'People's lives don't fit into boxes on a computer system designed 10 years ago'

Orange's Centrelink office in Anson Street.
Orange's Centrelink office in Anson Street.

Orange resident Angela Simmonds says an incorrect calculation made by a Centrelink computer program has left her owing $1200.

Mrs Simmonds said Centrelink staff are at a loss to explain why she owes the money.

Despite spending 15 hours on the phone to Centrelink staff, she said the issue remains unresolved.

“According to their system I’ve under-reported (earnings) but according to my figures, I’ve over-declared my income,” Mrs Simmonds said.

“Even people who work in the compliance section don’t understand, if they can’t understand it and I can’t understand it, how is anyone supposed to understand it?,” she said.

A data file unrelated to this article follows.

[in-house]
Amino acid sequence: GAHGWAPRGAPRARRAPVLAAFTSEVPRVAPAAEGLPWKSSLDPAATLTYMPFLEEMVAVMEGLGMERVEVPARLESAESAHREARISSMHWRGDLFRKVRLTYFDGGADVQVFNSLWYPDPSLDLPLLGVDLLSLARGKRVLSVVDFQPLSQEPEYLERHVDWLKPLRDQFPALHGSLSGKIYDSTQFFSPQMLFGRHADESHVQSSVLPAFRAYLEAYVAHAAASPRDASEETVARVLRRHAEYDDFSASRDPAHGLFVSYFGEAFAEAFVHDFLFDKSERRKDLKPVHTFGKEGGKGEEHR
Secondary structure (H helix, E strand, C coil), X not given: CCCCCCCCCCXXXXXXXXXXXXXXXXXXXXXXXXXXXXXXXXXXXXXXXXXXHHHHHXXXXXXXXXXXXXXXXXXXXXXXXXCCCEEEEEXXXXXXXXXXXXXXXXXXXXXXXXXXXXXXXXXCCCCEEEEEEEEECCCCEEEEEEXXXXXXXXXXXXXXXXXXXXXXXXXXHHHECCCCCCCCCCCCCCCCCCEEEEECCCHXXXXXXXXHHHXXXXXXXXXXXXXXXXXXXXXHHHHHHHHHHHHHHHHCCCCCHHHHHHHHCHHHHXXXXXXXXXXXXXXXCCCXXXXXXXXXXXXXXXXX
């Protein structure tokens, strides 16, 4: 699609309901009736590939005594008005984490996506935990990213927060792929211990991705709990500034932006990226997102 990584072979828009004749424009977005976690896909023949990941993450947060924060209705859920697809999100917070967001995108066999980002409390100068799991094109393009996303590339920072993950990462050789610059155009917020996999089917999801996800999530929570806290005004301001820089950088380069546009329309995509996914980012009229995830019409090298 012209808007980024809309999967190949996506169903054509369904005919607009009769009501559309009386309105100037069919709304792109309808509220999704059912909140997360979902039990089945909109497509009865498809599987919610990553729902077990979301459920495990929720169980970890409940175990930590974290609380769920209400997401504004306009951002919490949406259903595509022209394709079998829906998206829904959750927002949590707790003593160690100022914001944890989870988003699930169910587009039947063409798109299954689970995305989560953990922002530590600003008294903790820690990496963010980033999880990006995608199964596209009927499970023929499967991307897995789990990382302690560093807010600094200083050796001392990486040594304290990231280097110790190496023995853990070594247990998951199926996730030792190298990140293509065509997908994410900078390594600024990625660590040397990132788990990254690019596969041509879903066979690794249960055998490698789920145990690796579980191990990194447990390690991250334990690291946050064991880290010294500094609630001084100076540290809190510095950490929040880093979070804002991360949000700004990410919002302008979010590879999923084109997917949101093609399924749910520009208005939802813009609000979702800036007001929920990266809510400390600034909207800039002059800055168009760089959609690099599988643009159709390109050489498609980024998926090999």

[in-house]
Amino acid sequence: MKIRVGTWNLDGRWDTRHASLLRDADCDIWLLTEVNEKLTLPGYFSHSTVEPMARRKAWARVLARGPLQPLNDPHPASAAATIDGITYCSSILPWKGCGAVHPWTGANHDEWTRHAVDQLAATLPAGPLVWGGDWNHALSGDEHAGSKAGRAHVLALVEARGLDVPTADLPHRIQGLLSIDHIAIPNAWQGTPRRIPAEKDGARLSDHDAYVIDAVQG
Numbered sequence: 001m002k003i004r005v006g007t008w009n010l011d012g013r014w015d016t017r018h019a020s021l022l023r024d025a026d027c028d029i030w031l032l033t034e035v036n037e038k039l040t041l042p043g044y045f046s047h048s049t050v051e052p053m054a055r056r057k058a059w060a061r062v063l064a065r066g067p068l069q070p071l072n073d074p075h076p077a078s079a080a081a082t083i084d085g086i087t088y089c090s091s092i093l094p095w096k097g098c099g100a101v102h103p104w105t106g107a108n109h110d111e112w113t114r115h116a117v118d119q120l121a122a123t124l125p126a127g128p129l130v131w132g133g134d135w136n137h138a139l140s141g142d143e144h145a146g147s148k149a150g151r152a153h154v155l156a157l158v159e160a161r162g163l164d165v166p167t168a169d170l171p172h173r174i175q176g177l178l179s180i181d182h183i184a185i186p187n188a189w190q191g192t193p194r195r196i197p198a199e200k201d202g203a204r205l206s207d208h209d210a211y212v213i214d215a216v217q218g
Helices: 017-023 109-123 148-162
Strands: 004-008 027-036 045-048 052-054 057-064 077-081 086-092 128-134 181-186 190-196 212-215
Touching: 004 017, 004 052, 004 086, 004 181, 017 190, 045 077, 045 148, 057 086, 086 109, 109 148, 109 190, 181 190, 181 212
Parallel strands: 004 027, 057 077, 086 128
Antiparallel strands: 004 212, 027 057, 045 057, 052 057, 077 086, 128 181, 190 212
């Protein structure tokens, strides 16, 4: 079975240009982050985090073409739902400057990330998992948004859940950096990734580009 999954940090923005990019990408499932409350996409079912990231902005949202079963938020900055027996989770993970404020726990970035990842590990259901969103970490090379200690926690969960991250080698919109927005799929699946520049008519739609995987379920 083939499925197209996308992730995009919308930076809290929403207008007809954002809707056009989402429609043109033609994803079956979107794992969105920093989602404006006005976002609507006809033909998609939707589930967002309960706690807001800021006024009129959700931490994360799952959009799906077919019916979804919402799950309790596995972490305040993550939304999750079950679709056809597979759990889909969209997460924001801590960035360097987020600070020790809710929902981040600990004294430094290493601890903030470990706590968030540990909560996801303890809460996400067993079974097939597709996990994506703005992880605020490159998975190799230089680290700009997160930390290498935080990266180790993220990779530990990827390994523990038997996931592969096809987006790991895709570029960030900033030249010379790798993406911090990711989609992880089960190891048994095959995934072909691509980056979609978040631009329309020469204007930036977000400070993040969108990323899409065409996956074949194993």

Another resident, who asked to remain anonymous, said she too fell victim to the same error. She eventually had a $12,000 debt wiped after providing old pay slips.

“Don’t just take it sitting down and even so, people make mistakes. Humans make mistakes,” she said.

“I know how hard it is for Centrelink staff, there’s so much they need to know. People’s lives don’t fit into boxes on a computer system designed 10 years ago.”

Department of Human Services general manager Hank Jongen said the department was confident in the online compliance system used “to ensure the welfare system’s integrity”.

“If someone receives benefits to which they are not entitled, the department is required by law to recover the money,” Mr Jongen said.

“While the new online compliance system automates part of this process, it also does not change how income is assessed or how debts are calculated. The system is an easy way for people to confirm details and resolve any outstanding matters.”